Most of the dead were from Marmaduke's Missouri Cavalry Division and Fagan's Arkansas Cavalry . . . — — Map (db m20264) HM
In October, 1864, a Confederate army under Gen. Stirling Price was defeated near Kansas City. He retreated south, crossed into Kansas, and camped at Trading Post. Early on the morning of October 25 Union troops under Generals Pleasonton, Blunt and . . . — — Map (db m6937) HM
The battle at Mine Creek was one of the largest cavalry battles of the Civil War. Thousands of men and horses took part in the engagement.
Cavalry regiments played an important role. In the beginning they supported the infantry and . . . — — Map (db m78168) HM
Throughout the war a variety of horses were used by both sides. Morgans, American Saddlebreds, Thoroughbreds, Standardbreds, and Quarter Horses are only a few. The ideal horse was a mare or a gelding, aged four or five years, with a height of 56 . . . — — Map (db m78166) HM
At the creek at 11 a.m. on October 25, 1864, the four-to-five feet high banks were slippery and crumbling from a recent rain. The rushing water was deep, and the crossing was difficult. Hundreds of wagon wheels and horses had churned the mud into . . . — — Map (db m78620) HM
When Major General Sterling Price commenced his invasion of Missouri he had several objectives. By the time he reached Indian Territory (present-day Oklahoma) in November, not a single objective had been met. He failed to take St. Louis and . . . — — Map (db m78160) HM
Although the Confederates greatly outnumbered the Union troops at Mine Creek, the Union army clearly had an advantage with its weapons. The Confederates were armed with long muzzle-loading infantry rifles, which were difficult to reload on . . . — — Map (db m67409) HM
Dedicated to the memory of those who served to preserve the Union during the Civil War, 1861-1865
This bridge was donated and installed to provide access to the main ford of Mine Creek — — Map (db m78188) HM WM
This present day photo of Mine Creek Battlefield with overlays highlights the positions of Union and Confederate troops at 11 a.m. on October 25, 1864. Note where you are positioned in relationship to the events of that day.
The woods and farm . . . — — Map (db m67380) HM
When the armies moved south, hundreds of dead and wounded men were left behind on the battlefield. As soon as the shooting stopped civilians from nearby homes offered assistance.
Men "had fallen all about the house and crawled away to fence . . . — — Map (db m78162) HM
One of the largest cavalry battles of the Civil War was fought in the fields around Mine Creek.
In August 1864 Confederate Major General Sterling Price received orders to invade Missouri. He was to bring Missouri into the confederacy and . . . — — Map (db m67398) HM
With two brigades of 2,500 Union cavalrymen bearing down upon them, the Confederate rear guard formed a skirmish line. This maneuver delayed Union troops long enough for the Confederates to establish a main line of defense 800 yards south. The . . . — — Map (db m67408) HM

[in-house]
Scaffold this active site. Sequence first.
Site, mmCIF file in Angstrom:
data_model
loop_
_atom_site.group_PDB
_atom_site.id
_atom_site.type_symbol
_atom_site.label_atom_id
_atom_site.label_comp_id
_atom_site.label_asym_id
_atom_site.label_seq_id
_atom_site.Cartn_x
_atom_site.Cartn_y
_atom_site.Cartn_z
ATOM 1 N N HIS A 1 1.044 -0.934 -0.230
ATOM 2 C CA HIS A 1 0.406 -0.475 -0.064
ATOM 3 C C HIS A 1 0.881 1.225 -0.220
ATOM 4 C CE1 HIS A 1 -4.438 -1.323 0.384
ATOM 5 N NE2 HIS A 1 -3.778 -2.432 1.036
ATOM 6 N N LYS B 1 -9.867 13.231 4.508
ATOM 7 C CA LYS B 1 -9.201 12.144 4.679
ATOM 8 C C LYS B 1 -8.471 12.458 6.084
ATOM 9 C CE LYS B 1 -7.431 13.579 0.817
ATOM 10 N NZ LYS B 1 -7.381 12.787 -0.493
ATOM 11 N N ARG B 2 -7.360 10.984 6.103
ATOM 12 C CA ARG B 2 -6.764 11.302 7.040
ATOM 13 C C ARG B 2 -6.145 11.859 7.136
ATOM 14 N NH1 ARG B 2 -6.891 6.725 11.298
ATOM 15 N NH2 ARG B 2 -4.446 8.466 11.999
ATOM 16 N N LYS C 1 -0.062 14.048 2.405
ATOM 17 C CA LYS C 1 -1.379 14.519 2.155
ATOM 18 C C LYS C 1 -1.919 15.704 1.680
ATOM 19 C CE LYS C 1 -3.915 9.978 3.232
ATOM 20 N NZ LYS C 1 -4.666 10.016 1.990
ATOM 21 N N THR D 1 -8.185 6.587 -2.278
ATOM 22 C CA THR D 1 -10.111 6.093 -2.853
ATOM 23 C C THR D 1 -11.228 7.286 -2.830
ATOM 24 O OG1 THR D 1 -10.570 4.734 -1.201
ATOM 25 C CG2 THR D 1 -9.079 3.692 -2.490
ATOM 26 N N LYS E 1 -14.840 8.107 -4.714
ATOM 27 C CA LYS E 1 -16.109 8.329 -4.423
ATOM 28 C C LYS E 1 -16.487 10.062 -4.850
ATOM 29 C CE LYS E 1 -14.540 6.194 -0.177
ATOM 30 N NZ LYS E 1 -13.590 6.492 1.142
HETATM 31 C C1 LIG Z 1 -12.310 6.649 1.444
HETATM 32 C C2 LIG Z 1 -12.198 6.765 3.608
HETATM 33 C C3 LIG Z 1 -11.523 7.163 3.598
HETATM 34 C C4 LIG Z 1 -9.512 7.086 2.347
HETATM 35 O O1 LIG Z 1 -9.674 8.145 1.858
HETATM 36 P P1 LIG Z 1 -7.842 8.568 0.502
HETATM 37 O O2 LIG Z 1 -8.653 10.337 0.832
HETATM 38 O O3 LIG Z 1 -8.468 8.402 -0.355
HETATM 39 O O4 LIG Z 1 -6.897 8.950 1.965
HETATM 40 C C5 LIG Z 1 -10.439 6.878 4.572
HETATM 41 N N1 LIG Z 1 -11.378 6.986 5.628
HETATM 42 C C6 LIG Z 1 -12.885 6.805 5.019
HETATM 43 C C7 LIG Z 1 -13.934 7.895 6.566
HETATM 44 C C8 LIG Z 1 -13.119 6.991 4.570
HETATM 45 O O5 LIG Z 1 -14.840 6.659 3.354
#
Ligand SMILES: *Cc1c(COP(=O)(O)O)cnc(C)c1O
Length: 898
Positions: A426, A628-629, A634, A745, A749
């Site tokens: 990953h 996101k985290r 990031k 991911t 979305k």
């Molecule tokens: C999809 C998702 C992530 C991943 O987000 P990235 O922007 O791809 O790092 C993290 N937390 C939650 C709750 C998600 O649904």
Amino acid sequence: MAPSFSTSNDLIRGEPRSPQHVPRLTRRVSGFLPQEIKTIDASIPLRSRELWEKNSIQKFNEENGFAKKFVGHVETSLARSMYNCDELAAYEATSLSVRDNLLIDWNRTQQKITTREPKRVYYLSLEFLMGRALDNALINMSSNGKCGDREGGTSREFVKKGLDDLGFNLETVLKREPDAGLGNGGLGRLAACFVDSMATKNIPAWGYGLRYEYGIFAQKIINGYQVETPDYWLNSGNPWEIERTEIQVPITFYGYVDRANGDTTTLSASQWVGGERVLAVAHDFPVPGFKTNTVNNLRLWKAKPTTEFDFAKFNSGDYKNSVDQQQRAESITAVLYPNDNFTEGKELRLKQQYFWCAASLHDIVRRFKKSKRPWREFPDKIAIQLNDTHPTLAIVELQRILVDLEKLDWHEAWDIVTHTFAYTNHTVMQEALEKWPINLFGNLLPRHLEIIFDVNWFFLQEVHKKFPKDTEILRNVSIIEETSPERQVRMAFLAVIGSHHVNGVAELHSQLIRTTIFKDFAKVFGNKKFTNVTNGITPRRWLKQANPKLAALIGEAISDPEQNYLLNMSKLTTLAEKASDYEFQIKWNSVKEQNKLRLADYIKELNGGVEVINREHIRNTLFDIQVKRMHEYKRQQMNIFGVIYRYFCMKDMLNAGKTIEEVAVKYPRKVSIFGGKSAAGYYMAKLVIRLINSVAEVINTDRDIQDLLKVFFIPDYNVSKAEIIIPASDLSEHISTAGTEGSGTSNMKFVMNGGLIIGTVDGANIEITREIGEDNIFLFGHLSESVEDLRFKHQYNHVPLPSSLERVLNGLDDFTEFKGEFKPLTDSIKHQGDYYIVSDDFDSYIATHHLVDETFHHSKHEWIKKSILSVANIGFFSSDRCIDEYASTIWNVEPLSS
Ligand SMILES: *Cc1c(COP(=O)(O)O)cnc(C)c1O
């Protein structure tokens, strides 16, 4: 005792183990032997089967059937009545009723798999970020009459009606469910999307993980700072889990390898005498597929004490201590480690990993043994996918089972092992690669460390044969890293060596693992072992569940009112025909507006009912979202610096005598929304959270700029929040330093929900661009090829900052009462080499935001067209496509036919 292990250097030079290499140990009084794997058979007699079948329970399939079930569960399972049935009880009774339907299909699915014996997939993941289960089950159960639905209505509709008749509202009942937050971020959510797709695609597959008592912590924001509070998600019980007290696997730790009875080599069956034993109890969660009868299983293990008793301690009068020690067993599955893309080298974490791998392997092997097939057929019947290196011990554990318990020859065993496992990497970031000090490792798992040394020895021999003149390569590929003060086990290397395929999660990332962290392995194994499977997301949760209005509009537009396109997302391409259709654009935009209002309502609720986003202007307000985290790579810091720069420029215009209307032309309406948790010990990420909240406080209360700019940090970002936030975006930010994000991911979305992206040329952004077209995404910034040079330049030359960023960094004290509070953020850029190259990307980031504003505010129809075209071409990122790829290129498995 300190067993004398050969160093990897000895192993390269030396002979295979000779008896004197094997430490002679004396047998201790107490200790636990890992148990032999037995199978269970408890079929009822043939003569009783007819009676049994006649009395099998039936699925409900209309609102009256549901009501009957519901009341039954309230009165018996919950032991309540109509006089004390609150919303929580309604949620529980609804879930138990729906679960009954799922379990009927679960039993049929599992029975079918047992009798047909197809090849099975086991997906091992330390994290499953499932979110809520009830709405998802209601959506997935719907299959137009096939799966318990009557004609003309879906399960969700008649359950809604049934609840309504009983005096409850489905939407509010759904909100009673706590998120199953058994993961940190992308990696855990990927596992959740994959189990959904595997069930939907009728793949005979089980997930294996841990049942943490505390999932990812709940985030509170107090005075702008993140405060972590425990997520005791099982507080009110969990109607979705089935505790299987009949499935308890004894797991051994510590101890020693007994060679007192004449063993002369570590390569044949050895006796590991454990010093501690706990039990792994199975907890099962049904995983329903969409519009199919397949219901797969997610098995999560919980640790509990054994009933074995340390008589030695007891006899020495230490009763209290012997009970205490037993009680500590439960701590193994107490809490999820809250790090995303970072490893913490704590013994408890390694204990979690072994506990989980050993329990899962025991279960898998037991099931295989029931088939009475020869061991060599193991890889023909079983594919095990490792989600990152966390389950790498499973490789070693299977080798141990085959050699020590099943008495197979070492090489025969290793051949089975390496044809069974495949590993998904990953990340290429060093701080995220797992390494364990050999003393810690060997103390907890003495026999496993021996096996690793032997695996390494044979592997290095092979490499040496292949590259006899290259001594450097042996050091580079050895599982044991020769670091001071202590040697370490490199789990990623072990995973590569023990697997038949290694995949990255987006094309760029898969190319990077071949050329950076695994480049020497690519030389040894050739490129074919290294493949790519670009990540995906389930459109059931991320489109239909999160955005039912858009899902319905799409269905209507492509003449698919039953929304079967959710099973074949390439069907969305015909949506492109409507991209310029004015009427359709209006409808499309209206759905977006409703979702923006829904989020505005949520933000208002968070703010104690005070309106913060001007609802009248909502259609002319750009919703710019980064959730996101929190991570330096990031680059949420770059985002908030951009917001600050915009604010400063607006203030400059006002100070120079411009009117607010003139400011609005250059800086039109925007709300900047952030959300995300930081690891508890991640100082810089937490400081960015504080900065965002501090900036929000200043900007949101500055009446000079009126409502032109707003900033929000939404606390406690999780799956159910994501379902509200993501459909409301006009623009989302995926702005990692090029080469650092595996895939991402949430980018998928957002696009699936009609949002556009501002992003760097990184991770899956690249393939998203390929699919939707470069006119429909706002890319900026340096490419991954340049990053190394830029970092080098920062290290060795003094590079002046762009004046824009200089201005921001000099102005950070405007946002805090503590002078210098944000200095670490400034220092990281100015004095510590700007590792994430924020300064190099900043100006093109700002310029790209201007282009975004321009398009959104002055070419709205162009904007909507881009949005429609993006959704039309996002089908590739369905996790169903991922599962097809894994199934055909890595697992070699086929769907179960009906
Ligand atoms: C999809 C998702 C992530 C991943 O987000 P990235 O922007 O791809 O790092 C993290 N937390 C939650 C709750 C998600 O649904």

The Fort Scott Road ran in a north/south direction just east of the fence line. As it approached Mine Creek it veered to the southwest. This road paralled the route of present-day U.S. 69 Highway. Because this was a "running" engagement, the road . . . — — Map (db m50161) HM
Captain Richard Hinton was with the Union soldiers as they approached from the north. As the "timber of Mine Creek" came into view, Hinton wrote,
the enemy were discovered in great force formed in line of battle upon the north side of the . . . — — Map (db m50170) HM
When the Union charge commenced the 10th Missouri Cavalry, USA, started forward with a yell and bugles blaring, but half-way down the slope the men hesitated and stopped when the Confederates showed no sign of breaking.
Union Lieutenant . . . — — Map (db m67445) HM
Dedicated to the Glory of God and the honored memory of those men whose patriotic service and sacrifice have helped make American war efforts successful in the Cause of Humanity.
World War II
2nd LT. G. Guilard Long 1944
PFC Donald J. . . . — — Map (db m64664) WM
Nothing in the struggle over slavery in Kansas did more to inflame the nation than the mass killing which took place May 19, 1858, about four miles northeast of this marker. Charles Hamelton who had been driven from the territory by Free-State men, . . . — — Map (db m4359) HM
A Nation at Odds
The mid 1800s were a time of turmoil and tragedy in the U.S. The issue of slavery polarized the nation. It created a moral, political, and economic dilemma. The struggle over slavery ultimately led to the Civil War, splitting . . . — — Map (db m39862) HM
Rev. B. L. Read
John F. Campbell
William A Stilwell
On the 19th day of May . . . — — Map (db m20113) HM
The bloodiest single incident in the Kansas-Missouri border struggles, 1854-1861, occurred May 19, 1858, when about 30 Proslavery Missourians seized 11 Kansas Free-State men near Trading Post and marched them to a ravine 225 yards northwest of this . . . — — Map (db m39861) HM
Westward bound settlers crossed and traveled the Frontier Military Road as they headed to new land and new lives. These migrants faced the unknown with anxiety and anticipation in search of a better life. The Sante Fe Trail, the Oregon Trail and . . . — — Map (db m33942) HM
Today's Frontier Military Scenic Byway visitors travel at higher speeds and in greater numbers than those who traveled the Frontier Military Road in the 1800s. Vehicles protect today's travelers from the weather, and our roadways of today keep . . . — — Map (db m33934) HM
In 1825, Cyprian Chouteau, of the Chouteau family that founded St. Louis, Missouri, came to this area to open a trading post. The Choteau family members were extensive fur traders in the Missouri River Valley and present-day eastern Kansas and . . . — — Map (db m33936) HM
"The ax, pick, saw and trowel, has become more the implement of the American soldier than the cannon, musket or sword."
Colonel Zachary Taylor, 1820
In 1836, President Andrew Jackson authorized $100,000 to build a military road from Fort . . . — — Map (db m33939) HM
The Frontier Military Road was used to provide soldiers and supplies to the forts along the "Permanent Indian Frontier". Fort Leavenworth and Fort Scott were on the route in what is now eastern Kansas. The only major Civil War Battle in Kansas was . . . — — Map (db m33940) HM
Pro- and anti-slavery forces made their way to this area on horseback and on foot in the fight over whether Kansas would be a free state or a slave state. Skirmishes, scuffles and screams could be heard in the woodlands nearby.
The Marias des . . . — — Map (db m33944) HM
Potawatomi Tribal members were marched from Indiana in 1838 to be relocated on Indian Territory lands. The march was long and arduous. Many Potawatomi, especially children and the elderly, died of illness along the way. Those who survived the . . . — — Map (db m33946) HM